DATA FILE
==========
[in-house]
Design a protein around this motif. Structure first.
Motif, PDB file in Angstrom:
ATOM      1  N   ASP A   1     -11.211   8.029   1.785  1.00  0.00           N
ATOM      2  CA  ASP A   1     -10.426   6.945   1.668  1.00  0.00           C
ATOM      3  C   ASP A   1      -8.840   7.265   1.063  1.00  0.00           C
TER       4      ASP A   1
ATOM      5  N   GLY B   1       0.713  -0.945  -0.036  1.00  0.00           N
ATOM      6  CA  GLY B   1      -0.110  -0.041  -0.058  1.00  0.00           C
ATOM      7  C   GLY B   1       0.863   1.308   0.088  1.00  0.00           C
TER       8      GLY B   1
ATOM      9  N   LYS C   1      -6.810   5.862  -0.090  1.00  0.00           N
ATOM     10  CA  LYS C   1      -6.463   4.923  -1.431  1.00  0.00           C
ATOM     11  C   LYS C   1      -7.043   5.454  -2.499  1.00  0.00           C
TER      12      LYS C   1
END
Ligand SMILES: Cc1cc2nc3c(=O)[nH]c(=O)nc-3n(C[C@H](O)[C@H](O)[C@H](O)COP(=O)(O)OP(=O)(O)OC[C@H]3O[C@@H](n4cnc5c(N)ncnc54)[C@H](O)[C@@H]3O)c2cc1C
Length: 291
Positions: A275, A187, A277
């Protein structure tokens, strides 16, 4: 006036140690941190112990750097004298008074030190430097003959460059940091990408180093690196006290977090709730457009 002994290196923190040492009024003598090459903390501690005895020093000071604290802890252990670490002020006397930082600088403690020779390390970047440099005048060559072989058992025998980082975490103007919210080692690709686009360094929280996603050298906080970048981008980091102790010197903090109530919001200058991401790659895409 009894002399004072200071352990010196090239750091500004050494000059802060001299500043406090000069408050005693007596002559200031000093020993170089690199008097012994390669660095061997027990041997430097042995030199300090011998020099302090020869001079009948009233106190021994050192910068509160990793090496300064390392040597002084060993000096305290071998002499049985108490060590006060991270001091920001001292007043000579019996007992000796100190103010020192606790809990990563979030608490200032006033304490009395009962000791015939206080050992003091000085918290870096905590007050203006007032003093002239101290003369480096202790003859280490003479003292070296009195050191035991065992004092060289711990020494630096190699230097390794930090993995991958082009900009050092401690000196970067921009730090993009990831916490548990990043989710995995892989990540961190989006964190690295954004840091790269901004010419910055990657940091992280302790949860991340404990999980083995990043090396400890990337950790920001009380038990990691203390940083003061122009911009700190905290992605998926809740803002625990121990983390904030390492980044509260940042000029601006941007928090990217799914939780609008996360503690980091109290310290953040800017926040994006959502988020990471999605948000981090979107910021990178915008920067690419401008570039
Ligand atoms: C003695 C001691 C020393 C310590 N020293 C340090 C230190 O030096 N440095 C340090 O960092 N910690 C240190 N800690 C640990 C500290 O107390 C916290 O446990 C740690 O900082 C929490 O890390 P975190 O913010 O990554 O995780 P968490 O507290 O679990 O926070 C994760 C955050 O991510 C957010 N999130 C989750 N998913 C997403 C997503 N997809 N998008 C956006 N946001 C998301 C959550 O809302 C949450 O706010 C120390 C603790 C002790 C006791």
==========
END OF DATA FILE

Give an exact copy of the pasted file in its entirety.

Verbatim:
[in-house]
Design a protein around this motif. Structure first.
Motif, PDB file in Angstrom:
ATOM      1  N   ASP A   1     -11.211   8.029   1.785  1.00  0.00           N
ATOM      2  CA  ASP A   1     -10.426   6.945   1.668  1.00  0.00           C
ATOM      3  C   ASP A   1      -8.840   7.265   1.063  1.00  0.00           C
TER       4      ASP A   1
ATOM      5  N   GLY B   1       0.713  -0.945  -0.036  1.00  0.00           N
ATOM      6  CA  GLY B   1      -0.110  -0.041  -0.058  1.00  0.00           C
ATOM      7  C   GLY B   1       0.863   1.308   0.088  1.00  0.00           C
TER       8      GLY B   1
ATOM      9  N   LYS C   1      -6.810   5.862  -0.090  1.00  0.00           N
ATOM     10  CA  LYS C   1      -6.463   4.923  -1.431  1.00  0.00           C
ATOM     11  C   LYS C   1      -7.043   5.454  -2.499  1.00  0.00           C
TER      12      LYS C   1
END
Ligand SMILES: Cc1cc2nc3c(=O)[nH]c(=O)nc-3n(C[C@H](O)[C@H](O)[C@H](O)COP(=O)(O)OP(=O)(O)OC[C@H]3O[C@@H](n4cnc5c(N)ncnc54)[C@H](O)[C@@H]3O)c2cc1C
Length: 291
Positions: A275, A187, A277
């Protein structure tokens, strides 16, 4: 006036140690941190112990750097004298008074030190430097003959460059940091990408180093690196006290977090709730457009 002994290196923190040492009024003598090459903390501690005895020093000071604290802890252990670490002020006397930082600088403690020779390390970047440099005048060559072989058992025998980082975490103007919210080692690709686009360094929280996603050298906080970048981008980091102790010197903090109530919001200058991401790659895409 009894002399004072200071352990010196090239750091500004050494000059802060001299500043406090000069408050005693007596002559200031000093020993170089690199008097012994390669660095061997027990041997430097042995030199300090011998020099302090020869001079009948009233106190021994050192910068509160990793090496300064390392040597002084060993000096305290071998002499049985108490060590006060991270001091920001001292007043000579019996007992000796100190103010020192606790809990990563979030608490200032006033304490009395009962000791015939206080050992003091000085918290870096905590007050203006007032003093002239101290003369480096202790003859280490003479003292070296009195050191035991065992004092060289711990020494630096190699230097390794930090993995991958082009900009050092401690000196970067921009730090993009990831916490548990990043989710995995892989990540961190989006964190690295954004840091790269901004010419910055990657940091992280302790949860991340404990999980083995990043090396400890990337950790920001009380038990990691203390940083003061122009911009700190905290992605998926809740803002625990121990983390904030390492980044509260940042000029601006941007928090990217799914939780609008996360503690980091109290310290953040800017926040994006959502988020990471999605948000981090979107910021990178915008920067690419401008570039
Ligand atoms: C003695 C001691 C020393 C310590 N020293 C340090 C230190 O030096 N440095 C340090 O960092 N910690 C240190 N800690 C640990 C500290 O107390 C916290 O446990 C740690 O900082 C929490 O890390 P975190 O913010 O990554 O995780 P968490 O507290 O679990 O926070 C994760 C955050 O991510 C957010 N999130 C989750 N998913 C997403 C997503 N997809 N998008 C956006 N946001 C998301 C959550 O809302 C949450 O706010 C120390 C603790 C002790 C006791």